"Holy Plutonium, Batman--It's Chemistry!"
What sort of reaction do you get when you mix comic books with chemistry? Usually some chuckles and some curiosity, but also a new Web site: www.uky.edu/~holler/periodic/periodic.html.
The Comic Book Periodic Table site is the brainchild of two University of Kentucky professors of chemistry. John Selegue and James Holler discovered a mutual interest in the comic books of their youth, the 1950s and '60s, and the effect those comic books had on their early, and continued, interest in chemistry.
The Web site shows a Periodic Table of the Elements (a systematic arrangement of all the known chemical elements according to their atomic structure) and comic books that featured those elements, both in their characters and plots.
Click on oxygen (O), for example, and you'll get three thumbnails, including one of a Ricky Nelson panel. Click on the thumbnail image of Ricky Nelson, and you'll get the whole page. It features Nelson donning a geeky pair of glasses and trying to impress a young woman with his so-called knowledge of the atomic world, including oxygen.
If you click on "Web Elements," you are transported to a site that explains the element oxygen in more scientific terms. The Web Elements site was created by professor Mark Winter of the University of Sheffield, England.
If you click on iodine (I), you'll get a thumbnail of a panel of Walt Disney's Donald Duck. Click on the thumbnail image and you'll get the whole page, which features Donald and his nephews harvesting kelp for its iodine content in an attempt to get rich quick.
In the process of getting this Web site up and running Holler says he gained skills he now uses when teaching his chemistry classes. "Most of my research now involves developing education materials and developing Web materials for educational purposes," he says.
Many of the comic book images on this site date from 1956 to 1970, says Selegue, "a time when many comic-book writers used science as a basis for character ideas and plot developments." Writers were aware that most people felt a bit intimidated by chemistry, so the writers played on this trepidation to awe their audiences. They created characters who gained special abilities through some chemical event.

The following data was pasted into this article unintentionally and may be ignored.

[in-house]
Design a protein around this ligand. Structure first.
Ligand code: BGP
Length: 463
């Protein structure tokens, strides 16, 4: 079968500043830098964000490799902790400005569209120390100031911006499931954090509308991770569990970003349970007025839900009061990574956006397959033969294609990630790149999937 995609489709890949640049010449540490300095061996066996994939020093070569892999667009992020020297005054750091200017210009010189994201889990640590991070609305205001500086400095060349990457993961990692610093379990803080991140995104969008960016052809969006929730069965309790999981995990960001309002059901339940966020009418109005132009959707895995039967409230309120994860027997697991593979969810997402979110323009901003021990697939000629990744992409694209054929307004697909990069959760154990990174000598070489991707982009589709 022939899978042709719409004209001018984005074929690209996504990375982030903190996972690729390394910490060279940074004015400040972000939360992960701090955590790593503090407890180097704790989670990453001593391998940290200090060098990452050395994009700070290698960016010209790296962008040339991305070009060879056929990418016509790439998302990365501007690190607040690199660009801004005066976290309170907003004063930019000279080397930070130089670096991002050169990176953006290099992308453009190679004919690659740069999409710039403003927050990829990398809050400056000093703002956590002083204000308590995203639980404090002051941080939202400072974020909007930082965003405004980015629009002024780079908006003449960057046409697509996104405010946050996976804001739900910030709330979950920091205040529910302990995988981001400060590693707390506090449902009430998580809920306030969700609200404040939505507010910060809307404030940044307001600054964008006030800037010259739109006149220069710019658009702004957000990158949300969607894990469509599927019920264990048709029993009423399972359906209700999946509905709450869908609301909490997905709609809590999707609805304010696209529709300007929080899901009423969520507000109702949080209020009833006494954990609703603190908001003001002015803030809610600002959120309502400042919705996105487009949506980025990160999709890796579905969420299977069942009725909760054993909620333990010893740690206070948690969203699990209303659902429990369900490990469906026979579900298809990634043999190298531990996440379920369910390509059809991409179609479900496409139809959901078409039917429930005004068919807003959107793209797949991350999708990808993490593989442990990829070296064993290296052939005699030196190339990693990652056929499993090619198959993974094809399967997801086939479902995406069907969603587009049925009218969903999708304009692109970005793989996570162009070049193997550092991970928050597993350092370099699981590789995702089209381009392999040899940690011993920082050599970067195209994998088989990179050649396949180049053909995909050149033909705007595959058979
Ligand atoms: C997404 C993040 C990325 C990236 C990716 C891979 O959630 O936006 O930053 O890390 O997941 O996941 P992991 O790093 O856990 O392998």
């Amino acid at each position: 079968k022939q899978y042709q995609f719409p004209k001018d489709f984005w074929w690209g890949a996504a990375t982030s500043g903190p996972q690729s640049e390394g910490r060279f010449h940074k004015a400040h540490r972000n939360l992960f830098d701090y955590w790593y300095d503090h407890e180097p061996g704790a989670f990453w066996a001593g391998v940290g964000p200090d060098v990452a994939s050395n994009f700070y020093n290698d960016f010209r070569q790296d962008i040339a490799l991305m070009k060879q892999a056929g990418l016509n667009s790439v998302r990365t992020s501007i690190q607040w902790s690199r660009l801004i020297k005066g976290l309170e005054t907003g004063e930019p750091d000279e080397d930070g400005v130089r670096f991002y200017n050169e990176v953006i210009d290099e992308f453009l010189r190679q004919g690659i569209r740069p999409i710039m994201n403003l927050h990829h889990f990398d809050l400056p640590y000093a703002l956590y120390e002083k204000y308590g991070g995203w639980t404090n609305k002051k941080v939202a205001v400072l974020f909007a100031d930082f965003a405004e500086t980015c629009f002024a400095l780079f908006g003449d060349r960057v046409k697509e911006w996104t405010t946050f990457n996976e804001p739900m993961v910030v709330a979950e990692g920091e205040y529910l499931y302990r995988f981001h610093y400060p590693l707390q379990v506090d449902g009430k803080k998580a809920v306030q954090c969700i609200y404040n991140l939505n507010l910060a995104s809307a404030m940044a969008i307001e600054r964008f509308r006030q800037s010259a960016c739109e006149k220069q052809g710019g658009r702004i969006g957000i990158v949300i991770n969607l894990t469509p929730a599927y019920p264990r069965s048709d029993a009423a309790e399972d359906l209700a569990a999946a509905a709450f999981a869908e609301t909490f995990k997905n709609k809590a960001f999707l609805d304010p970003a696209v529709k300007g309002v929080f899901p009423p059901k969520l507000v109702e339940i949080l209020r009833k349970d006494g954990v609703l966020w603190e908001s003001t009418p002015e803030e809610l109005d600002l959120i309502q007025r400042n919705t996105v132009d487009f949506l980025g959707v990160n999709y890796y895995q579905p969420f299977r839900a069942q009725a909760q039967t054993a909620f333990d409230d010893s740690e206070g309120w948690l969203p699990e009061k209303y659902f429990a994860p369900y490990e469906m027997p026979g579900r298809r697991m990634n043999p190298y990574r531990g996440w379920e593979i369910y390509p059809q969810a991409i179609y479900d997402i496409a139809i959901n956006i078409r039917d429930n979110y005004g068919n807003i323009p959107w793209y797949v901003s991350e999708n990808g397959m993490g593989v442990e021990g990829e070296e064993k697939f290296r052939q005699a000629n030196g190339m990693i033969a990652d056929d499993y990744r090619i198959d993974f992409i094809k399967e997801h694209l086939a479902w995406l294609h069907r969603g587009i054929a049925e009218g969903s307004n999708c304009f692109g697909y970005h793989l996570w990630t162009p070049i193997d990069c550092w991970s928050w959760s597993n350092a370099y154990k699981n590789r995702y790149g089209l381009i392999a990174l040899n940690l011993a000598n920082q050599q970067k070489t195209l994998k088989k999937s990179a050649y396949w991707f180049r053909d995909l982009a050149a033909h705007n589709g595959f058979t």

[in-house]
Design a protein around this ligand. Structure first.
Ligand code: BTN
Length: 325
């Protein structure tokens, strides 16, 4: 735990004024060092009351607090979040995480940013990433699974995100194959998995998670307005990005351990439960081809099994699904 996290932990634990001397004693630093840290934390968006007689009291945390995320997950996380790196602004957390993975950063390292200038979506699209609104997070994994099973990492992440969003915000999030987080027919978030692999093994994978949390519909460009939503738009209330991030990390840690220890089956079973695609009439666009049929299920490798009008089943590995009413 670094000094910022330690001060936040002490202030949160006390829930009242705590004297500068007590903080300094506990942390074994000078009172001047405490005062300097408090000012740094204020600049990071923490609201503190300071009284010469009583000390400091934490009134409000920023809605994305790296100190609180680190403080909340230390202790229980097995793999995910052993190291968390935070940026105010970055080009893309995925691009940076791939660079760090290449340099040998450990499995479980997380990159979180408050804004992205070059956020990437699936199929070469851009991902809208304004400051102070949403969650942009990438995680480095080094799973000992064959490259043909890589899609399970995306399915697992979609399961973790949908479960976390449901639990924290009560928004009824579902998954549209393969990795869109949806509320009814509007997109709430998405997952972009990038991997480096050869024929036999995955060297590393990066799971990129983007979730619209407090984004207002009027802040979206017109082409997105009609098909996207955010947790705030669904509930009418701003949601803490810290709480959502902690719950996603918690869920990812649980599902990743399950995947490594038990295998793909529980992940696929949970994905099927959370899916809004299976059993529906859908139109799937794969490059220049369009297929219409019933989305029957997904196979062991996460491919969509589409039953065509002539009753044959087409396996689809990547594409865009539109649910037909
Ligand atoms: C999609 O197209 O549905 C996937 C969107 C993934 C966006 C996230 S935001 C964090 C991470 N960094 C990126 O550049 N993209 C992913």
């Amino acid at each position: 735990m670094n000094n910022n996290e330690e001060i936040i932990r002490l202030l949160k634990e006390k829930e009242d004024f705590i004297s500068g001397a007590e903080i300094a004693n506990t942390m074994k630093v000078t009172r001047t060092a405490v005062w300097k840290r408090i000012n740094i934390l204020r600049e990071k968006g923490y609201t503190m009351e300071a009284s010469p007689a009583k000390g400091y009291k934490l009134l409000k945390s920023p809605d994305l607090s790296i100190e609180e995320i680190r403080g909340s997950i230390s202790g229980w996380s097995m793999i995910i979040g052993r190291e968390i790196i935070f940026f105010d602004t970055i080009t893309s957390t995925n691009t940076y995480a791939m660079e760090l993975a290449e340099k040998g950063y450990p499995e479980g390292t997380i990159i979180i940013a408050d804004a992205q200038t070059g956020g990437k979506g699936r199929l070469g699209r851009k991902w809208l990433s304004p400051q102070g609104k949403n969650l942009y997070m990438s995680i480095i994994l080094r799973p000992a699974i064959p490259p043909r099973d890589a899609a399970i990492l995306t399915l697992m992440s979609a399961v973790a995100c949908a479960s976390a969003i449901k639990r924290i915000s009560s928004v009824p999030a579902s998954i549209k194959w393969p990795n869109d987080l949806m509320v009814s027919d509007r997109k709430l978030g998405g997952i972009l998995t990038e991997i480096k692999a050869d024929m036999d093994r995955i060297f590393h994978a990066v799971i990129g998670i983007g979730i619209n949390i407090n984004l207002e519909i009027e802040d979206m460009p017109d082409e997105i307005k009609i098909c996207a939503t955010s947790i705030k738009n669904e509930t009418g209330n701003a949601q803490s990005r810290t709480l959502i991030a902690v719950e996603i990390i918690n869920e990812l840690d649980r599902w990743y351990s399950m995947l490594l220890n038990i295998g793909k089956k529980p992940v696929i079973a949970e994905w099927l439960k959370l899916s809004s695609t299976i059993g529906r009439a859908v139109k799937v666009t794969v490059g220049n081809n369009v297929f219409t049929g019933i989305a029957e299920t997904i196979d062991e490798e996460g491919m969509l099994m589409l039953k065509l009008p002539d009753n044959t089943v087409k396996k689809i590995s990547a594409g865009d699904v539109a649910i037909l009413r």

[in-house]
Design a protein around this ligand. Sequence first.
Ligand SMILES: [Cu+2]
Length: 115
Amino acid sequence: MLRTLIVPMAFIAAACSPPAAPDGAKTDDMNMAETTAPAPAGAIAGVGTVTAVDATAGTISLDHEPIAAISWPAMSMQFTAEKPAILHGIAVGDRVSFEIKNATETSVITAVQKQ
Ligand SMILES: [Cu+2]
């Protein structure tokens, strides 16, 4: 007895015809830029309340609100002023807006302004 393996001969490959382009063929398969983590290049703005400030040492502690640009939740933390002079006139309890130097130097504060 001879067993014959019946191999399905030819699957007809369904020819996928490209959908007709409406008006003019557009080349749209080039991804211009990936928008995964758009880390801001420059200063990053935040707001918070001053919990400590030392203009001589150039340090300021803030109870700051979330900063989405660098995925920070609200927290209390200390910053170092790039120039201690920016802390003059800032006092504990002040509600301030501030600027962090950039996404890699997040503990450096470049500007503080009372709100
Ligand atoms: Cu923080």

Writers moved from chemistry to cosmic radiation, then to using genetic mutations as bases for their characters and plots. This change in the comic books gives one insight into how science was viewed by audiences during the period the comic books were produced.
The site has become a popular destination on the Web, getting about 500 to 1,000 "hits" on the home page each day. Since April 1, 1998, browsers from more than 70,000 separate hosts in 120 different countries have accessed the site. About 10 percent of those accessing the site are from U.S. educational institutions.
On May 4, 1998, the site was selected as the Yahoo Pick of the Week. The next day it was declared the WorldVillage Family Site of the Day.
Feedback on the site is almost universally positive. Holler says parents love it. "They get really excited about the site as a way to keep kids interested in things scientific," he says.
Selegue says that the site is most gratifying when it comes to reactions from grade-school children. Holler adds, "Our hope is that there will be kids out there who are going to look at the table, not knowing what the table is, and click to see where it leads them." Both professors treasure the thought that perhaps their site might spark the interest of some child somewhere to pursue a career in chemistry.